The Design and Implementation of the FreeBSD Operating System / Edition 1by Marshall Kirk McKusick, George V. Neville-Neil, George V. Neville-Neil
Pub. Date: 08/02/2004
As in earlier Addison-Wesley books on the UNIX-based BSD operating system, Kirk McKusick and George Neville-Neil deliver here the most comprehensive, up-to-date, and authoritative technical information on the internal structure of open source FreeBSD. Readers involved in technical and sales support can learn the capabilities and limitations of the system;
As in earlier Addison-Wesley books on the UNIX-based BSD operating system, Kirk McKusick and George Neville-Neil deliver here the most comprehensive, up-to-date, and authoritative technical information on the internal structure of open source FreeBSD. Readers involved in technical and sales support can learn the capabilities and limitations of the system; applications developers can learn effectively and efficiently how to interface to the system; system administrators can learn how to maintain, tune, and configure the system; and systems programmers can learn how to extend, enhance, and interface to the system.
The authors provide a concise overview of FreeBSD's design and implementation. Then, while explaining key design decisions, they detail the concepts, data structures, and algorithms used in implementing the systems facilities. As a result, readers can use this book as both a practical reference and an in-depth study of a contemporary, portable, open source operating system.
- Details the many performance improvements in the virtual memory system
- Describes the new symmetric multiprocessor support
- Includes new sections on threads and their scheduling
- Introduces the new jail facility to ease the hosting of multiple domains
- Updates information on networking and interprocess communication
Already widely used for Internet services and firewalls, high-availability servers, and general timesharing systems, the lean quality of FreeBSD also suits the growing area of embedded systems. Unlike Linux, FreeBSD does not require users to publicize any changes they make to the source code.
- Publication date:
- Edition description:
- New Edition
- Product dimensions:
- 6.59(w) x 9.62(h) x 1.69(d)
Table of Contents
About the Authors.
1. History and Goals.
History of the UNIX System.
BSD and Other Systems.
The Transition of BSD to Open Source.
The FreeBSD Development Model.
2. Design Overview of FreeBSD.
FreeBSD Facilities and the Kernel.
3. Kernel Services.
Traps and Interrupts.
User, Group, and Other Identifiers.
4. Process Management.
Introduction to Process Management.
Process Groups and Sessions.
5. Memory Management.
Overview of the FreeBSD Virtual-Memory System.
Kernel Memory Management.
Creation of a New Process.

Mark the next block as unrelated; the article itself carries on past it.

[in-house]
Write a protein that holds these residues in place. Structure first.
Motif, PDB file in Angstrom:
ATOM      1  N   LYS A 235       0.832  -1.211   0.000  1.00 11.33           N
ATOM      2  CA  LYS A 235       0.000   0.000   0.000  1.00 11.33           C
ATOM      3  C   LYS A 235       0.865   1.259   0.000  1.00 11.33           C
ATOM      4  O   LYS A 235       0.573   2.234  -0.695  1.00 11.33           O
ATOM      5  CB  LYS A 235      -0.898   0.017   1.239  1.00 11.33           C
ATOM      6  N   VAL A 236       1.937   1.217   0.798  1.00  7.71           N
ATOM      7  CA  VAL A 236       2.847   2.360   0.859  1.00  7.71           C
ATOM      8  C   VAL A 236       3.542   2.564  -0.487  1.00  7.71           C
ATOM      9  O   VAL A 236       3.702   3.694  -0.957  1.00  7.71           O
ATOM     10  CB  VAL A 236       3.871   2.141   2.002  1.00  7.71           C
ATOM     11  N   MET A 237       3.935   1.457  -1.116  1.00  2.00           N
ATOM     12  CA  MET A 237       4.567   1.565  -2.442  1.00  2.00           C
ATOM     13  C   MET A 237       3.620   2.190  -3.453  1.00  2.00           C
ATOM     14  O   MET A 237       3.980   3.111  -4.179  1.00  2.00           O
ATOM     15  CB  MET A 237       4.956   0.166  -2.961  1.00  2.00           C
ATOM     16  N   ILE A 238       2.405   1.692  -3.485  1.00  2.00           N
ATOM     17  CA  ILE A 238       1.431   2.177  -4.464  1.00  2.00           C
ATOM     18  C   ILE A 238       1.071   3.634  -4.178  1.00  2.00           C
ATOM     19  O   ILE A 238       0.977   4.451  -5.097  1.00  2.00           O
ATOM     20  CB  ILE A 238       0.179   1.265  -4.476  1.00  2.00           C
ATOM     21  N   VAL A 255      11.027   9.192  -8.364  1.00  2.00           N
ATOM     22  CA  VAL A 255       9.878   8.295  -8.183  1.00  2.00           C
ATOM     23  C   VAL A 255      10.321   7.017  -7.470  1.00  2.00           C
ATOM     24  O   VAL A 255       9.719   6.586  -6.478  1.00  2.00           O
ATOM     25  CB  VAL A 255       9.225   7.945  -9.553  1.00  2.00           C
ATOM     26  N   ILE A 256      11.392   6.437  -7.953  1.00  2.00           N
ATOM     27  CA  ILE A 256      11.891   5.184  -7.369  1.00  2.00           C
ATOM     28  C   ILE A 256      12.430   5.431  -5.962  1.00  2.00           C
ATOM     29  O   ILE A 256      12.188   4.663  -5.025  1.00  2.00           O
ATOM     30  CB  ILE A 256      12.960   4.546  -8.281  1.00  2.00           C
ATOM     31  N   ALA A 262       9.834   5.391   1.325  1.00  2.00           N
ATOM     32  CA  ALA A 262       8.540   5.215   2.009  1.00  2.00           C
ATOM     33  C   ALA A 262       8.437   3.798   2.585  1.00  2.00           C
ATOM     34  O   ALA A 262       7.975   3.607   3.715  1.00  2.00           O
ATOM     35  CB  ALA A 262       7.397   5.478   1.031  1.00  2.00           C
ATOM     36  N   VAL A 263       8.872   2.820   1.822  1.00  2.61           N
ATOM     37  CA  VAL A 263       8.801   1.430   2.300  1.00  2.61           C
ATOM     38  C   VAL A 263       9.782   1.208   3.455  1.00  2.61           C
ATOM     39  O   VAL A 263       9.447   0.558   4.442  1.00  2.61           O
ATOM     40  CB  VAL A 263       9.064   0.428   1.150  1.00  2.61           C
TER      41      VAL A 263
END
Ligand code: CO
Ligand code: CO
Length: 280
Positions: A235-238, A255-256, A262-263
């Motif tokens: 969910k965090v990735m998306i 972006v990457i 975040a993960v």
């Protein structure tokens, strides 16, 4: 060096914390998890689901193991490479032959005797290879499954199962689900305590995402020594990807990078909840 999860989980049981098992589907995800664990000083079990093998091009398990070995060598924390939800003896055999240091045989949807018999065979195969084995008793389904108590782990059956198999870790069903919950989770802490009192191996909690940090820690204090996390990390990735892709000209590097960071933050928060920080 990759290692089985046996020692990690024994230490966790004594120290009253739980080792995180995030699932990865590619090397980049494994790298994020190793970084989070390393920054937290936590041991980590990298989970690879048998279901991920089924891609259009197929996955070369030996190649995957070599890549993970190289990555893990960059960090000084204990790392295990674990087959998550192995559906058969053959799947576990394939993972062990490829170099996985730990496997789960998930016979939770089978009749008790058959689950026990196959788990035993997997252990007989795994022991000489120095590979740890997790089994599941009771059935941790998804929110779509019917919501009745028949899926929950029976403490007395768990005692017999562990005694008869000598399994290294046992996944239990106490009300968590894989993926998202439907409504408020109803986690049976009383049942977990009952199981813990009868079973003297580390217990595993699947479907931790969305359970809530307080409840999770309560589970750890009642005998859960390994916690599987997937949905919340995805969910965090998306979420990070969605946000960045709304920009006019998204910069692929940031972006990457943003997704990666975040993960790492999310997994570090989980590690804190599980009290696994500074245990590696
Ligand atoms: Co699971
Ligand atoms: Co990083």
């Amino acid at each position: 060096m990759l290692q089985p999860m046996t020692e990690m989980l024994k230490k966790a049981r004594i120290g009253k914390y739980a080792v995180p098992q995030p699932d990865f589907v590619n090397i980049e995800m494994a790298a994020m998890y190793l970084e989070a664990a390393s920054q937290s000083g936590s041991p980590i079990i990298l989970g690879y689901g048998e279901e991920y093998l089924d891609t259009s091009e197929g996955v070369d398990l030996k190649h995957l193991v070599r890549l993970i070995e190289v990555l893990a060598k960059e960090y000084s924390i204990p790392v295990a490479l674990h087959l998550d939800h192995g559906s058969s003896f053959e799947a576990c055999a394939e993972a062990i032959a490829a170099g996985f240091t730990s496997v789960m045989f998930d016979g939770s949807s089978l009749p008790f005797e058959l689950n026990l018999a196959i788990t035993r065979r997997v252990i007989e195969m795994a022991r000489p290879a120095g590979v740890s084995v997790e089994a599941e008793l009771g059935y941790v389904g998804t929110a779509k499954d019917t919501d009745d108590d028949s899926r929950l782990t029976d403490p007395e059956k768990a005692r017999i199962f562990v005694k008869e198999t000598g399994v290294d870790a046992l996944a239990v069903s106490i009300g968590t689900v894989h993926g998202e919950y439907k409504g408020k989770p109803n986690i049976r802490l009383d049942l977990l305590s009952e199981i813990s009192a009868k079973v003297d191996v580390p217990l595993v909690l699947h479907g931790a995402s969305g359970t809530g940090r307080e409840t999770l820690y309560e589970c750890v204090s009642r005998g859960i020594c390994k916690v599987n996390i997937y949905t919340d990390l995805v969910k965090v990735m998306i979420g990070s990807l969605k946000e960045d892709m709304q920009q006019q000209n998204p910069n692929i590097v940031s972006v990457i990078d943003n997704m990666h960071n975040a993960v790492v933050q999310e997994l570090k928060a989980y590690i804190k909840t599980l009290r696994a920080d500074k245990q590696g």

Execution of a File.
Process Manipulation of Its Address Space.
Termination of a Process.
The Pager Interface.
III. I/O SYSTEM.
6. I/O System Overview.
I/O Mapping from User to Device.
Descriptor Management and Services.
The Virtual-Filesystem Interface.
The GEOM Layer.
The CAM Layer.
The ATA Layer.
8. Local Filesystems.
Hierarchical Filesystem Management.
Structure of an Inode.
The Local Filestore.
The Berkeley Fast Filesystem.
9. The Network Filesystem.
History and Overview.
NFS Structure and Operation.
Techniques for Improving Performance.
10. Terminal Handling.
The tty Structure.
Process Groups, Sessions, and Terminal Control.
RS-232 and Modem Control.
Other Line Disciplines.
IV. INTER PROCESS COMMUNICATION.
11. Interprocess Communication.
Implementation Structure and Overview.
12. Network Communication.
Interface Between Protocol and Network Interface.
Buffering and Congestion Control.
Additional Network-Subsystem Topics.
13. Network Protocols.
IPv4 Network Protocols.
User Datagram Protocol (UDP).
Internet Protocol (IP).
Transmission Control Protocol (TCP).
TCP Input Processing.
TCP Output Processing.
Internet Control Message Protocol (ICMP).
V. SYSTEM OPERATION.
14. Startup and Shutdown.
Kernel Module Initialization.
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Most Helpful Customer Reviews
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For some 15 years or more, Addison-Wesley has published a set of definitive books on Unix, C and the Internet. It is a pleasure to see that this FreeBSD book continues that tradition. The book goes into a detailed explanation of FreeBSD's kernel and associated matters. Strictly for the experienced unix programmer or systems developer. At the core of the kernel are many algorithms. It is these and their data structures that are the essence of this book. Also worthy of mention is the inclusion of exercises at the end of each chapter. Given that we have an algorithms book, the subject lends itself readily to probing questions, and it is nice that the authors chose to do so. We also have a discussion of FreeBSD versus linux. In recent years, linux has grown hugely, and has overtaken FreeBSD. The authors face this issue squarely. That is, if you are choosing a unix to develop on, why pick FreeBSD? The main point is that for anything you make under it, you do not have to fold back into the main FreeBSD thread, by revealing or relinquishing the source code or any other intellectual property.